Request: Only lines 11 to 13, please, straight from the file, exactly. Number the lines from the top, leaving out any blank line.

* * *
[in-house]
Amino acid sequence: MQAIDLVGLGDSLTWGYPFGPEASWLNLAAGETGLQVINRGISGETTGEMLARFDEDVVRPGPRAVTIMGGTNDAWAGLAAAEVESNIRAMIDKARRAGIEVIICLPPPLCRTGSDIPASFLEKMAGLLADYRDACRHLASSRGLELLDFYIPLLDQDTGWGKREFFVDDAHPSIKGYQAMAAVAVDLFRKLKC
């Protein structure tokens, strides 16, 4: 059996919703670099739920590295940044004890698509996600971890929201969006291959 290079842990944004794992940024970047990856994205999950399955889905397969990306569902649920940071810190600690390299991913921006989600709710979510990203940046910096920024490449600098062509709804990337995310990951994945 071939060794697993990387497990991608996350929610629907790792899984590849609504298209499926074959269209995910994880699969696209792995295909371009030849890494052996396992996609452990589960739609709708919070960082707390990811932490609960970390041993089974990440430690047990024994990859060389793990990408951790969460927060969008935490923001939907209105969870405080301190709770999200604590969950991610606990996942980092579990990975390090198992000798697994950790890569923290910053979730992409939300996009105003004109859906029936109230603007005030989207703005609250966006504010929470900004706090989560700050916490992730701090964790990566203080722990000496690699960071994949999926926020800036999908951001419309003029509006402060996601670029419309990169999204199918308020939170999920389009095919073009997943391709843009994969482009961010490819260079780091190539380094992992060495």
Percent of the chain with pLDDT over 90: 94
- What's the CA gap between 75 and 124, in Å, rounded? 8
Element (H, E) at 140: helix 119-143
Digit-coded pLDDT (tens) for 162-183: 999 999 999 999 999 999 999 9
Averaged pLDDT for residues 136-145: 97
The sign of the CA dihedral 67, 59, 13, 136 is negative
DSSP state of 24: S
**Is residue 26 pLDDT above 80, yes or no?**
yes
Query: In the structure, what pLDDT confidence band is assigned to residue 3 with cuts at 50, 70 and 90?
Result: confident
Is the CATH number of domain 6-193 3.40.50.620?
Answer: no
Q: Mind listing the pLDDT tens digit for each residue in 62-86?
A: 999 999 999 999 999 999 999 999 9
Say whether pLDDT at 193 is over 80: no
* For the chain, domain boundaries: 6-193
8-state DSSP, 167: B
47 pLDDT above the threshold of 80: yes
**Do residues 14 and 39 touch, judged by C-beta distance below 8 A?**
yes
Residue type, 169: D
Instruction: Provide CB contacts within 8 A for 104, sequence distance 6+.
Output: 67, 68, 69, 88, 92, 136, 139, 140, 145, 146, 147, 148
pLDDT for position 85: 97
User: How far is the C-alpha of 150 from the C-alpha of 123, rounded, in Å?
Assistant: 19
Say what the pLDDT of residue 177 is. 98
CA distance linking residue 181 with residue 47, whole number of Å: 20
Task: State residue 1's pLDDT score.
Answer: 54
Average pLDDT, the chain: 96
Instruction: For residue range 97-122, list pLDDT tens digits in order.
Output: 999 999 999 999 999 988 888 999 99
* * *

**Is residue 26 pLDDT above 80, yes or no?**
yes
Query: In the structure, what pLDDT confidence band is assigned to residue 3 with cuts at 50, 70 and 90?